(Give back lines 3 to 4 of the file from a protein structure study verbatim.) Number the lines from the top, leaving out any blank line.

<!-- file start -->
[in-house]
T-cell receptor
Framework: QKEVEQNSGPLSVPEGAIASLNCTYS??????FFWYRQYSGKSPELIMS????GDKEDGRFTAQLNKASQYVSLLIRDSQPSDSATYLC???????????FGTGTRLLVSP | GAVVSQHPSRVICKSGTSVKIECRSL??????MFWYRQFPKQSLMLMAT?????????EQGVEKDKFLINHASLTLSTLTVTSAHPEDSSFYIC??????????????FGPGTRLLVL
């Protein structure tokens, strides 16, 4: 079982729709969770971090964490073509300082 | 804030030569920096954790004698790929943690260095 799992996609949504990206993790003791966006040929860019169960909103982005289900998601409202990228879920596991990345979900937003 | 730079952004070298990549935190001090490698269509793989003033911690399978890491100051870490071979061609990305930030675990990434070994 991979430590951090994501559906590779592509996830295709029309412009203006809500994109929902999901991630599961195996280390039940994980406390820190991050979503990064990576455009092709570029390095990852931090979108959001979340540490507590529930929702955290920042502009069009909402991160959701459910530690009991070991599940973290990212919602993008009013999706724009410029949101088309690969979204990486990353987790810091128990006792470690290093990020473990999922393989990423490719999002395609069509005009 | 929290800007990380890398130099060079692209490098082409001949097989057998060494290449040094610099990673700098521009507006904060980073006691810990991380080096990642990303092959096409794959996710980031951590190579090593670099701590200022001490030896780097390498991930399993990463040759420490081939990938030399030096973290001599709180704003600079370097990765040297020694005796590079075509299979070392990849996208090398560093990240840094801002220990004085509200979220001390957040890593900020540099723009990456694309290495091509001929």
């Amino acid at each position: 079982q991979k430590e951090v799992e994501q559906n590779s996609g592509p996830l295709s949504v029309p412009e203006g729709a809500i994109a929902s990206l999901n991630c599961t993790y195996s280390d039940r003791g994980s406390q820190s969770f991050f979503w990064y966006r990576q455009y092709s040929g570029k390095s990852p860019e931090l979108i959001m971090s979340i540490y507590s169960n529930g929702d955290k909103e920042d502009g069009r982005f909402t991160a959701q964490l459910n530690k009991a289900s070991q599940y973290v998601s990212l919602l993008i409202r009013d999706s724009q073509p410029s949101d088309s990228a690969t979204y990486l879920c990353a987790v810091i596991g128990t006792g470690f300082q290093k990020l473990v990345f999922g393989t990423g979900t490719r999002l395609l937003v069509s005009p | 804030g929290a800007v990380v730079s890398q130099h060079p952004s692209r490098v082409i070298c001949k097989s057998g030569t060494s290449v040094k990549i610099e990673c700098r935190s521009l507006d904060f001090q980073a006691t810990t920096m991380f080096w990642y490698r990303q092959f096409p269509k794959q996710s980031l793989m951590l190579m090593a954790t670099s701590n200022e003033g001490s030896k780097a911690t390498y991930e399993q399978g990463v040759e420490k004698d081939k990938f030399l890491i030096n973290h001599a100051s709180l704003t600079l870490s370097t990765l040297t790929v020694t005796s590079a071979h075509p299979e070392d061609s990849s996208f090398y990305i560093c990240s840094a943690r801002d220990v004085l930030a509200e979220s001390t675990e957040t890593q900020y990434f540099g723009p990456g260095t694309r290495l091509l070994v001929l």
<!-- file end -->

Framework: QKEVEQNSGPLSVPEGAIASLNCTYS??????FFWYRQYSGKSPELIMS????GDKEDGRFTAQLNKASQYVSLLIRDSQPSDSATYLC???????????FGTGTRLLVSP | GAVVSQHPSRVICKSGTSVKIECRSL??????MFWYRQFPKQSLMLMAT?????????EQGVEKDKFLINHASLTLSTLTVTSAHPEDSSFYIC??????????????FGPGTRLLVL
């Protein structure tokens, strides 16, 4: 079982729709969770971090964490073509300082 | 804030030569920096954790004698790929943690260095 799992996609949504990206993790003791966006040929860019169960909103982005289900998601409202990228879920596991990345979900937003 | 730079952004070298990549935190001090490698269509793989003033911690399978890491100051870490071979061609990305930030675990990434070994 991979430590951090994501559906590779592509996830295709029309412009203006809500994109929902999901991630599961195996280390039940994980406390820190991050979503990064990576455009092709570029390095990852931090979108959001979340540490507590529930929702955290920042502009069009909402991160959701459910530690009991070991599940973290990212919602993008009013999706724009410029949101088309690969979204990486990353987790810091128990006792470690290093990020473990999922393989990423490719999002395609069509005009 | 929290800007990380890398130099060079692209490098082409001949097989057998060494290449040094610099990673700098521009507006904060980073006691810990991380080096990642990303092959096409794959996710980031951590190579090593670099701590200022001490030896780097390498991930399993990463040759420490081939990938030399030096973290001599709180704003600079370097990765040297020694005796590079075509299979070392990849996208090398560093990240840094801002220990004085509200979220001390957040890593900020540099723009990456694309290495091509001929």